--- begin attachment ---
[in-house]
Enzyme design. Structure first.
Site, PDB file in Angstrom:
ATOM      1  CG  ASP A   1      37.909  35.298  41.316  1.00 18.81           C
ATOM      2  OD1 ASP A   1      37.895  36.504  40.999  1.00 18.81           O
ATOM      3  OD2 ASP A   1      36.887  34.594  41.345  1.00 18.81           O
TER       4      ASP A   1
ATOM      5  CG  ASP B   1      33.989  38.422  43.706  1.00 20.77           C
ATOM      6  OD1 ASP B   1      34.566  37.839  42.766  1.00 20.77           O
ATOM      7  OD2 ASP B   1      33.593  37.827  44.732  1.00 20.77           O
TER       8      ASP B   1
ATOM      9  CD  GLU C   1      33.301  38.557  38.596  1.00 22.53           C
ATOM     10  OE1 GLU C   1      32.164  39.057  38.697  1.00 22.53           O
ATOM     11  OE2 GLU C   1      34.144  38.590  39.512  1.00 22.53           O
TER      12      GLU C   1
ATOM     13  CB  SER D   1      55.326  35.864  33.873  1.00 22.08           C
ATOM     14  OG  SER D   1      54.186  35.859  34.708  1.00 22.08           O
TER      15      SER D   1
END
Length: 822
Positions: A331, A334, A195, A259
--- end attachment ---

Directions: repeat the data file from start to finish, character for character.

[in-house]
Enzyme design. Structure first.
Site, PDB file in Angstrom:
ATOM      1  CG  ASP A   1      37.909  35.298  41.316  1.00 18.81           C
ATOM      2  OD1 ASP A   1      37.895  36.504  40.999  1.00 18.81           O
ATOM      3  OD2 ASP A   1      36.887  34.594  41.345  1.00 18.81           O
TER       4      ASP A   1
ATOM      5  CG  ASP B   1      33.989  38.422  43.706  1.00 20.77           C
ATOM      6  OD1 ASP B   1      34.566  37.839  42.766  1.00 20.77           O
ATOM      7  OD2 ASP B   1      33.593  37.827  44.732  1.00 20.77           O
TER       8      ASP B   1
ATOM      9  CD  GLU C   1      33.301  38.557  38.596  1.00 22.53           C
ATOM     10  OE1 GLU C   1      32.164  39.057  38.697  1.00 22.53           O
ATOM     11  OE2 GLU C   1      34.144  38.590  39.512  1.00 22.53           O
TER      12      GLU C   1
ATOM     13  CB  SER D   1      55.326  35.864  33.873  1.00 22.08           C
ATOM     14  OG  SER D   1      54.186  35.859  34.708  1.00 22.08           O
TER      15      SER D   1
END
Length: 822
Positions: A331, A334, A195, A259